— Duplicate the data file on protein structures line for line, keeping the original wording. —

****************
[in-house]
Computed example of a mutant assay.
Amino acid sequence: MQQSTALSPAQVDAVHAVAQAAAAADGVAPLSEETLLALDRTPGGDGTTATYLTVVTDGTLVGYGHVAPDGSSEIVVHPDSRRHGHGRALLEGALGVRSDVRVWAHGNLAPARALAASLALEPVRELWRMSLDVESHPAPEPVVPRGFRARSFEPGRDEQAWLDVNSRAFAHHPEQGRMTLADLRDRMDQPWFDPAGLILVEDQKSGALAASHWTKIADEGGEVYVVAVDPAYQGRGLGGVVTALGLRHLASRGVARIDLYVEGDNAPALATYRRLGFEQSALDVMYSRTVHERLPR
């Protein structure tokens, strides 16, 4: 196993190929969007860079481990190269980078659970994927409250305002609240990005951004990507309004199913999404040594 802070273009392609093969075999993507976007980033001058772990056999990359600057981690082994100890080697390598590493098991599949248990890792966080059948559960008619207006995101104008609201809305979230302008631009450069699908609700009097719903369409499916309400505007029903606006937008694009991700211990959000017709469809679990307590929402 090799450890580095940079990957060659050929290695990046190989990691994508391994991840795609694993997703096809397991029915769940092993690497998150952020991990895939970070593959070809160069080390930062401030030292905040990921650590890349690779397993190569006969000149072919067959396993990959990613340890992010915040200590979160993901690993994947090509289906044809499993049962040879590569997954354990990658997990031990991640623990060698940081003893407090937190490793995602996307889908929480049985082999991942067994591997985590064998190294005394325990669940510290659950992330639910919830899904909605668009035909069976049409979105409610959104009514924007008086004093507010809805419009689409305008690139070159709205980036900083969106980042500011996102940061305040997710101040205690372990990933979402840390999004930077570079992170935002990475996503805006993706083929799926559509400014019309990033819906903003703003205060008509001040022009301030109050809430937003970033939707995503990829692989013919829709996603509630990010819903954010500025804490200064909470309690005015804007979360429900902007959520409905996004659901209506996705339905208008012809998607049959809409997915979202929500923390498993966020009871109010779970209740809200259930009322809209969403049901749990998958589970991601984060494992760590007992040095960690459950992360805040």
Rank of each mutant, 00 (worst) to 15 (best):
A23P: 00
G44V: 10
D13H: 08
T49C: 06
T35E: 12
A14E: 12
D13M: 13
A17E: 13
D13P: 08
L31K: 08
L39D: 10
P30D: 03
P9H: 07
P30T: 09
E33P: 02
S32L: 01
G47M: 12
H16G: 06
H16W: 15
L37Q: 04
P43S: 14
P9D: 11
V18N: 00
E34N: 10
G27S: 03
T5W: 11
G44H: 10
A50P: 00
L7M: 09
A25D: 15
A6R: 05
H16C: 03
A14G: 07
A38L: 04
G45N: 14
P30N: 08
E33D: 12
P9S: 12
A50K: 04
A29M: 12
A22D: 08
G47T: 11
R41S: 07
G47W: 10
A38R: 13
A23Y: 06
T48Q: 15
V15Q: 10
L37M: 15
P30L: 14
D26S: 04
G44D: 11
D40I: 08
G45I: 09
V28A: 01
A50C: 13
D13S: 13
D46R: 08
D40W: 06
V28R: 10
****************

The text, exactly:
[in-house]
Computed example of a mutant assay.
Amino acid sequence: MQQSTALSPAQVDAVHAVAQAAAAADGVAPLSEETLLALDRTPGGDGTTATYLTVVTDGTLVGYGHVAPDGSSEIVVHPDSRRHGHGRALLEGALGVRSDVRVWAHGNLAPARALAASLALEPVRELWRMSLDVESHPAPEPVVPRGFRARSFEPGRDEQAWLDVNSRAFAHHPEQGRMTLADLRDRMDQPWFDPAGLILVEDQKSGALAASHWTKIADEGGEVYVVAVDPAYQGRGLGGVVTALGLRHLASRGVARIDLYVEGDNAPALATYRRLGFEQSALDVMYSRTVHERLPR
């Protein structure tokens, strides 16, 4: 196993190929969007860079481990190269980078659970994927409250305002609240990005951004990507309004199913999404040594 802070273009392609093969075999993507976007980033001058772990056999990359600057981690082994100890080697390598590493098991599949248990890792966080059948559960008619207006995101104008609201809305979230302008631009450069699908609700009097719903369409499916309400505007029903606006937008694009991700211990959000017709469809679990307590929402 090799450890580095940079990957060659050929290695990046190989990691994508391994991840795609694993997703096809397991029915769940092993690497998150952020991990895939970070593959070809160069080390930062401030030292905040990921650590890349690779397993190569006969000149072919067959396993990959990613340890992010915040200590979160993901690993994947090509289906044809499993049962040879590569997954354990990658997990031990991640623990060698940081003893407090937190490793995602996307889908929480049985082999991942067994591997985590064998190294005394325990669940510290659950992330639910919830899904909605668009035909069976049409979105409610959104009514924007008086004093507010809805419009689409305008690139070159709205980036900083969106980042500011996102940061305040997710101040205690372990990933979402840390999004930077570079992170935002990475996503805006993706083929799926559509400014019309990033819906903003703003205060008509001040022009301030109050809430937003970033939707995503990829692989013919829709996603509630990010819903954010500025804490200064909470309690005015804007979360429900902007959520409905996004659901209506996705339905208008012809998607049959809409997915979202929500923390498993966020009871109010779970209740809200259930009322809209969403049901749990998958589970991601984060494992760590007992040095960690459950992360805040």
Rank of each mutant, 00 (worst) to 15 (best):
A23P: 00
G44V: 10
D13H: 08
T49C: 06
T35E: 12
A14E: 12
D13M: 13
A17E: 13
D13P: 08
L31K: 08
L39D: 10
P30D: 03
P9H: 07
P30T: 09
E33P: 02
S32L: 01
G47M: 12
H16G: 06
H16W: 15
L37Q: 04
P43S: 14
P9D: 11
V18N: 00
E34N: 10
G27S: 03
T5W: 11
G44H: 10
A50P: 00
L7M: 09
A25D: 15
A6R: 05
H16C: 03
A14G: 07
A38L: 04
G45N: 14
P30N: 08
E33D: 12
P9S: 12
A50K: 04
A29M: 12
A22D: 08
G47T: 11
R41S: 07
G47W: 10
A38R: 13
A23Y: 06
T48Q: 15
V15Q: 10
L37M: 15
P30L: 14
D26S: 04
G44D: 11
D40I: 08
G45I: 09
V28A: 01
A50C: 13
D13S: 13
D46R: 08
D40W: 06
V28R: 10